By Stephen Terrell
Even for financial advisors who don’t earn a commission on a life settlement, it is undeniable that the transactions put money in motion. Agents and advisors meet fiduciary responsibility requirements and build client loyalty. If a client performs a life settlement, the financial professional will have an opportunity to invest the proceeds. Throw in the ability to offer annual policy evaluations as another reason to get in front of clients regularly, and life settlements become even more attractive. Despite the benefits, life settlements still get considerable pushback from broker/dealers.
For the life settlement industry, the broker/dealer excuses are nothing new. Since the industry began, advisors have told us that their employer (insurance company) or broker/dealer won’t allow them to recommend life settlements to their clients. And then reasons and excuses start to fly: Investing in them is a bad deal, we can’t accept a commission or, simply, we steer clear.
Let’s take the objections one by one.
We don’t want your clients’ money.
The life settlement industry has changed dramatically since the early days. Yes, there was a time when companies sought investment capital from individuals, but those days are gone. It is likely that 99 percent of capital that funds the industry today comes from institutional sources such as pension funds, endowments, large financial institutions, insurance companies, family offices, hedge funds and groups of sophisticated, “accredited” investors. For advisors or broker/dealers who still believe that the industry wants your clients’ investment dollars, you are missing the mark. We want your clients to know about the life settlement option and then we ask for a fair hearing.
Help your client but skip the commission.
A life settlement should be viewed as a means to an end, not just a way to earn a commission.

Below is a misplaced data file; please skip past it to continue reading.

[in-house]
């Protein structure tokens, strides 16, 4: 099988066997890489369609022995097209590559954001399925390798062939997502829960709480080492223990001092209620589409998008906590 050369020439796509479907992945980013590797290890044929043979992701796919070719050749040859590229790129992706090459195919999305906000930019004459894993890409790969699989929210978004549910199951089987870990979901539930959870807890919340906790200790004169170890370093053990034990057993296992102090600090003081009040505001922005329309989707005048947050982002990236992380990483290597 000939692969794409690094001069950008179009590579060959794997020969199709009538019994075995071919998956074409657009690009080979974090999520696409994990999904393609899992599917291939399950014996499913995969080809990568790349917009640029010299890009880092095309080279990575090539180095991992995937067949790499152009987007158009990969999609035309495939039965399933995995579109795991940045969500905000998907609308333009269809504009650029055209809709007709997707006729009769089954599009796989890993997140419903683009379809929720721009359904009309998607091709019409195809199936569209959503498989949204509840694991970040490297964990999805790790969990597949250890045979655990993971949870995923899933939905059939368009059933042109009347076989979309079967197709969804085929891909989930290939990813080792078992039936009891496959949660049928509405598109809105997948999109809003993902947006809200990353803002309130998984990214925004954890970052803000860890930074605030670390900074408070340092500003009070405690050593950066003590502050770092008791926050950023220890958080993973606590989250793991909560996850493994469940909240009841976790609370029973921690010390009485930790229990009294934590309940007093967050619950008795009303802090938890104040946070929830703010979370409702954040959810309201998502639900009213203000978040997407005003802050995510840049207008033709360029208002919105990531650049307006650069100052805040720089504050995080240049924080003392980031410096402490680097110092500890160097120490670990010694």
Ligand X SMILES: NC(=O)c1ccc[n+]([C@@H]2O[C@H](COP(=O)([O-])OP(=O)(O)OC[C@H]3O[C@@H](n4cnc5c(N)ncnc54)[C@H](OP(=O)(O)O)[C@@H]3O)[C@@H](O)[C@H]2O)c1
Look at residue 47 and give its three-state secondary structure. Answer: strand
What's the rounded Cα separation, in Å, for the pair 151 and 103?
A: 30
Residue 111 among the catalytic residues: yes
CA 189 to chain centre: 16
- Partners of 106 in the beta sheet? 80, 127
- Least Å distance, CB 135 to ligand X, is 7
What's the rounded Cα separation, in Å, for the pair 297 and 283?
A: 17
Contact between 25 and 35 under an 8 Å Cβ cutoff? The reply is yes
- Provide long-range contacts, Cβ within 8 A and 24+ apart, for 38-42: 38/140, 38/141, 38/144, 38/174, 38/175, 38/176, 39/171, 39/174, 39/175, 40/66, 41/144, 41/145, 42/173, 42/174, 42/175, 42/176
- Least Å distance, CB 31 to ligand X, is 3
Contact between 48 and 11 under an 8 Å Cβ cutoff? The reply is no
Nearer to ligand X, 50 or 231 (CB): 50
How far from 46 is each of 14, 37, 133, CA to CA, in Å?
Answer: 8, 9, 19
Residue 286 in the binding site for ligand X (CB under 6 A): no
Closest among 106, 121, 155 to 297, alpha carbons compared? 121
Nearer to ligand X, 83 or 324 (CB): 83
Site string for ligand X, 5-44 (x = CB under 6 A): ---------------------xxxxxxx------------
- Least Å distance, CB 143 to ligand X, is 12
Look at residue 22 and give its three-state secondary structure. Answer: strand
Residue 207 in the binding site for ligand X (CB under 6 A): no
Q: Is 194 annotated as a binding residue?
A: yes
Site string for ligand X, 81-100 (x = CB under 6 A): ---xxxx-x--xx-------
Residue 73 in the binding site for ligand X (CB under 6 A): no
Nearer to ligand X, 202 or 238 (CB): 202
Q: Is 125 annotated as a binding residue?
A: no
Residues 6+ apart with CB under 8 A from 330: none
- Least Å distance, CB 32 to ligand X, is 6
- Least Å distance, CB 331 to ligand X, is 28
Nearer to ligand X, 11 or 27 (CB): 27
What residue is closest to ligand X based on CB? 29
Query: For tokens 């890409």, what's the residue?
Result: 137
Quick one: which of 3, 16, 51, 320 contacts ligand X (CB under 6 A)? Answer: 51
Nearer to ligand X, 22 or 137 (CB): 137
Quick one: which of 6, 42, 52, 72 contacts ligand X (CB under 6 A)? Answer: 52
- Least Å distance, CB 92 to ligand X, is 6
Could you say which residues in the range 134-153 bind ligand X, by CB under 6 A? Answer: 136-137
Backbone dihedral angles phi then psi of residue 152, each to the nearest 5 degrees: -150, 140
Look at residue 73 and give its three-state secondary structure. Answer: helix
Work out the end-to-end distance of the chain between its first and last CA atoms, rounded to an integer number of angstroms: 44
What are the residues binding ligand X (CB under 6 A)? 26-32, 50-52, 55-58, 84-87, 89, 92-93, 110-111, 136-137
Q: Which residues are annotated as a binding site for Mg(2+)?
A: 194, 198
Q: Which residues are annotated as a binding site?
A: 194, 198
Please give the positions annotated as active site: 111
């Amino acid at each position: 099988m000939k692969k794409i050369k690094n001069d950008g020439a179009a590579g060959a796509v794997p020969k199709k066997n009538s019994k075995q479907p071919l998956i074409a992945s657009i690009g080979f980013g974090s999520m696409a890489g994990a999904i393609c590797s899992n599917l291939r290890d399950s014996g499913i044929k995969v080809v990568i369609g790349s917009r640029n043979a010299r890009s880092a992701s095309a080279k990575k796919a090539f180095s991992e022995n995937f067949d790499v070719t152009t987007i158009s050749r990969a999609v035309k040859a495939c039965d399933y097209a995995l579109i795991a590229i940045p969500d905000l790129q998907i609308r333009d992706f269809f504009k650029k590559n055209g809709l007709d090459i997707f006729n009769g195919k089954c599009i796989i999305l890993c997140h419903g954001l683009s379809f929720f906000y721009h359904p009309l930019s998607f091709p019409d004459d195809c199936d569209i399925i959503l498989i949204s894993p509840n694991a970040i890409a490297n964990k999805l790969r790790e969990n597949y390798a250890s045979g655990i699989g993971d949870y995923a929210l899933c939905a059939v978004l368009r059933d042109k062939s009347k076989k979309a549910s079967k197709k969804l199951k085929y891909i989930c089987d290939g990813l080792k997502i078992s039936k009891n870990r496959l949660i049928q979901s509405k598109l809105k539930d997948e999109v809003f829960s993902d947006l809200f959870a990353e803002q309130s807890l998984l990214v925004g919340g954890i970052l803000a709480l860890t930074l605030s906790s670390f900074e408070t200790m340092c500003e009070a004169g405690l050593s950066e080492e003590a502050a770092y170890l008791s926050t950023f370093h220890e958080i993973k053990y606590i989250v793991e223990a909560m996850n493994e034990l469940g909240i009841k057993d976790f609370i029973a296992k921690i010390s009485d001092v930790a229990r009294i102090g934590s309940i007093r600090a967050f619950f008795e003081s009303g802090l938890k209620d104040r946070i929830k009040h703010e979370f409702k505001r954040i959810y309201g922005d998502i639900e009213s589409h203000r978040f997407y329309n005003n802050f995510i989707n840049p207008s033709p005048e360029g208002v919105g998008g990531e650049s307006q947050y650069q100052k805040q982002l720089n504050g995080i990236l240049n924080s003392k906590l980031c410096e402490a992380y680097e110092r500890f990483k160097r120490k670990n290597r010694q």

We constantly hear that financial advisors of all shapes and sizes are looking for “money in motion.” Every financial services professional wants the client who is a) selling a business, b) paring back real estate holdings, or c) taking money from the stock market. Everyone dreams of the client with the liquidity event that boosts assets under management. A life settlement is just such an event – in many instances generating hundreds of thousands of dollars in cash that needs to be properly invested for a client’s retirement. A captive agent could forgo a commission but still end up with a sizable increase in assets under management.
Financial professionals might be shirking their responsibilities.
A recent California lawsuit suggests that agents and advisors who fail to educate their clients about life settlements might be on the hook for damages. A closely watched class-action lawsuit filed in California federal court alleges that Lincoln National Life failed to disclose the life settlement option to clients. A California couple said that they lost money because the insurer didn’t tell them they may have been able to sell their policy (rather than reduce their coverage) had their agent told them about the life settlement market. The lesson: Ignore life settlements at your own professional peril.
How to do it? First, try an evaluation.
Policy evaluations offer the easiest way to quickly assess a policy for a possible life settlement. While the complete process for a life settlement generally takes several weeks and requires in-depth input from the policy seller, an evaluation can be generated in a few days. Some life settlement companies can now provide a non-binding illustration and a summary in a few days. This is an effective tool that financial advisors have never had in the past. For life insurance agents and financial advisors, annual evaluations offer a new way to prequalify clients before committing to a life settlement and clearly illustrate the value prospective clients have hidden in their life insurance policy.
Broker/dealers and insurance companies that discourage life settlements put themselves at risk but also deny their agents and advisors an opportunity to increase assets under management by putting money in motion.
Stephen E. Terrell is senior vice president of market development and branding of The Lifeline Program, a life settlement provider based in Atlanta, Ga. He may be contacted at firstname.lastname@example.org.